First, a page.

The Fairy Slipper: This Calypso Orchid, also known as the Fairy Slipper or Venus’s slipper, is a perennial member of the orchid family. It has a small pinkish-purple flower accented with a white lip, darker purple spottings, and yellow beard.
These little purple blooms can be a pleasant sporadic sight on hiking trails like the one along Busk Creek, out by Turquoise Lake. The plants live no more than five years, and they are classified as threatened or endangered. The Fairy Slipper relies on “pollination by deception”, as it attracts insects to anther-like yellow hairs, but produces no nectar that would nourish them. Insects quickly learn not to revisit it.
Indian Paintbrush: This plant got its name from a Native American legend. In the legend, a young Indian wanted to paint the sunset, but became frustrated because he could not produce any colors that matched the beauty of a sunset.
He asked the Great Spirit for help. The Great Spirit provided him with paintbrushes with the beautiful colors on them which he used to create his painting. When he was done, the young Indian left his used paintbrushes scattered around the landscape. These paint brushes blossomed into plants and were thus named Indian Paintbrushs.
American Indians also used this plant for various purposes including as a hair wash, to enhance their immune system, as a treatment for rheumatism, and to treat sexually transmitted diseases.
Did you know that The Indian Paintbrush is Wyoming’s state flower?
Fairy Trumpet: Also known as a Skyrocket, or Rocket flower. It blooms throughout the summer, and is a favorite of hummingbirds and hawk moths. The petals are fused into a trumpet-shape with a long narrow tube and spreading lobes.
Medicinally, this plant has been reported to be boiled up as a tea, and heals everything from blood diseases to rheumatic joints. An infusion of the roots is also used as a laxative and in the treatment of high fevers, colds.
Leafy Cinquefoil: Also known as Biscuits, Five-fingers, and Flesh and Blood. Known as a real creeper, the stem runners of this perennial herb can often reach up to five feet in length.
That said, the herb is a rather pretty and dainty species of plant. The name of the cinquefoil is after an Old French word that means “five-leaf.” The five leaflets of the cinquefoil was a symbol for the five senses of the human body, and served as a motif for the Medivial man who had achieved mastery over the self. Have you ever noticed the cinquefoil’s five-fingered leaf symbol on a knight’s shield? The right to use this heraldic device could only be granted to knights who gained mastery over the self.
The cinquefoil was also linked to many other powers in superstitious medieval times, for example, the herb was supposed to scare off witches. Medieval lovers often used the cinquefoil in preparing love potions and as an instrument in romantic divinations. Medieval fishermen often fixed the herb to their nets to increase their catch of fish.
Herbalists through the ages have been familiar with the cinquefoil as a remedy to reduce a fever. It is also used as an herbal analgesic for alleviating the pain of a toothache and in a gargle for treating oral sores.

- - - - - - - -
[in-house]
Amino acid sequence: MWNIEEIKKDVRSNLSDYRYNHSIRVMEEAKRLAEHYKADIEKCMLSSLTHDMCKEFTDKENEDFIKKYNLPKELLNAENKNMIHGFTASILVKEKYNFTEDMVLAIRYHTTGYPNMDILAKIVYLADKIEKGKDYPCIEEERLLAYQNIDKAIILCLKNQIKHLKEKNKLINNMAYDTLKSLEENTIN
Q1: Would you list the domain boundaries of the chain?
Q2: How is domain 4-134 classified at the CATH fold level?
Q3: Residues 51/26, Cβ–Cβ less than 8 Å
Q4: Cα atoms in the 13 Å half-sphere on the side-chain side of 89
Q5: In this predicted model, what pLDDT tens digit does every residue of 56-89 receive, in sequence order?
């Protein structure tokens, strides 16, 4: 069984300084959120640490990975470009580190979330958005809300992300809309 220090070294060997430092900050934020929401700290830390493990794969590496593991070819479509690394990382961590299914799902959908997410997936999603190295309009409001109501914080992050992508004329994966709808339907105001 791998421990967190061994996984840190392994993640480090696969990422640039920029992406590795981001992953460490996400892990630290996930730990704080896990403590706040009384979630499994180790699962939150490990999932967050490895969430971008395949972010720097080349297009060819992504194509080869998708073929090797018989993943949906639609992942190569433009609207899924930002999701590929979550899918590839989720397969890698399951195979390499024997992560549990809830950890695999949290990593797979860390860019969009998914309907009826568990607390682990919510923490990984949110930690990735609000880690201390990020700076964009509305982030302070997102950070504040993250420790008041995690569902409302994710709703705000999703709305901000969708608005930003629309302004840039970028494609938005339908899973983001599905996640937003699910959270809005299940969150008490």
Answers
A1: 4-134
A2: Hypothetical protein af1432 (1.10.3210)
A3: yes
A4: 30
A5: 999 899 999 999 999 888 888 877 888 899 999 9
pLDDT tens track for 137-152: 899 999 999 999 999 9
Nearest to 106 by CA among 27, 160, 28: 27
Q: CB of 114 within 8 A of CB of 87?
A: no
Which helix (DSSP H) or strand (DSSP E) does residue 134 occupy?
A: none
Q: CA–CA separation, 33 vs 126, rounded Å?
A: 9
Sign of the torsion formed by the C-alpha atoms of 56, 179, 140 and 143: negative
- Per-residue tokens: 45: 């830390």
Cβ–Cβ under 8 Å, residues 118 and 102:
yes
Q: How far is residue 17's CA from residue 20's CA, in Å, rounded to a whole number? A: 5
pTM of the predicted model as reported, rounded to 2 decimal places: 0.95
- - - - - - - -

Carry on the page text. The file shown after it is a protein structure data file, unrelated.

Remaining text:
Yarrow: This aromatic perennial with its lovely, fern-like foliage is also called “thousand leaves,” because of its finely-divided leaves.
Introduced to North America by early colonists, yarrow soon became a valued remedy used by many tribes of indigenous people. Human relationships with this healing plant reach back to ancient times. The fossilized pollen of yarrow has been found in Neanderthal burial caves from as far back as 60,000 years.
Yarrow has also been associated with magic and divination, and is considered by some folk herbalists as a sacred plant with special spiritual powers to offer protection. The herb was also believed to be useful in love potions.
Yarrow accompanied soldiers into battle and was relied upon for its hemostatic action to treat wounds. Achilles, the Greek hero is said to have used yarrow in the Trojan War to staunch the blood flowing from the wounds of fallen comrades.
And for all you follicly challenged, infusions of yarrow have been used as a hair rinse in attempts to prevent baldness.
So there you have it – those are just some of the alpine beauties you can see in bloom this time of year! Colorado’s alpine meadows are home to some of the country’s most vibrant and colorful collections of wildflowers. And in Lake County, you don’t have to go very far to see any and all of them!
Movie Cameo Could Hit Big for Leadville Bartender
Leadville is the new Hollywood! And while Linda “Mom” Jones hasn’t had to get an agent – yet! – she will be the latest starlet to hit the big screen in an indie film that is winning big on the festival circuit. And next Monday, June 27, locals will have an opportunity to see the film at a private screening in Lake County.
It’s been three years since scenes from the indie film West of Her were filmed in Lake County. (STORY LINK). And while long-time, beloved Scarlet bartender Linda “Mom” Jones who makes a cameo in the movie, hasn’t been mobbed by legions of screaming fans, yet! – the movie is capturing critics attention on the festival circuit, including a screening at this weekend’s 2016 Intendence Film Festival (IFF) in Denver.
But fear not, for the Leadville film hobnobbing set because the Leadville red carpet will be rolled out on Monday, June 27 with Director Ethan Warren making a special appearance to discuss the film, a Corner Piece Production (Update: Warren will not be able to attend the Leadville screening due to a medical emergency).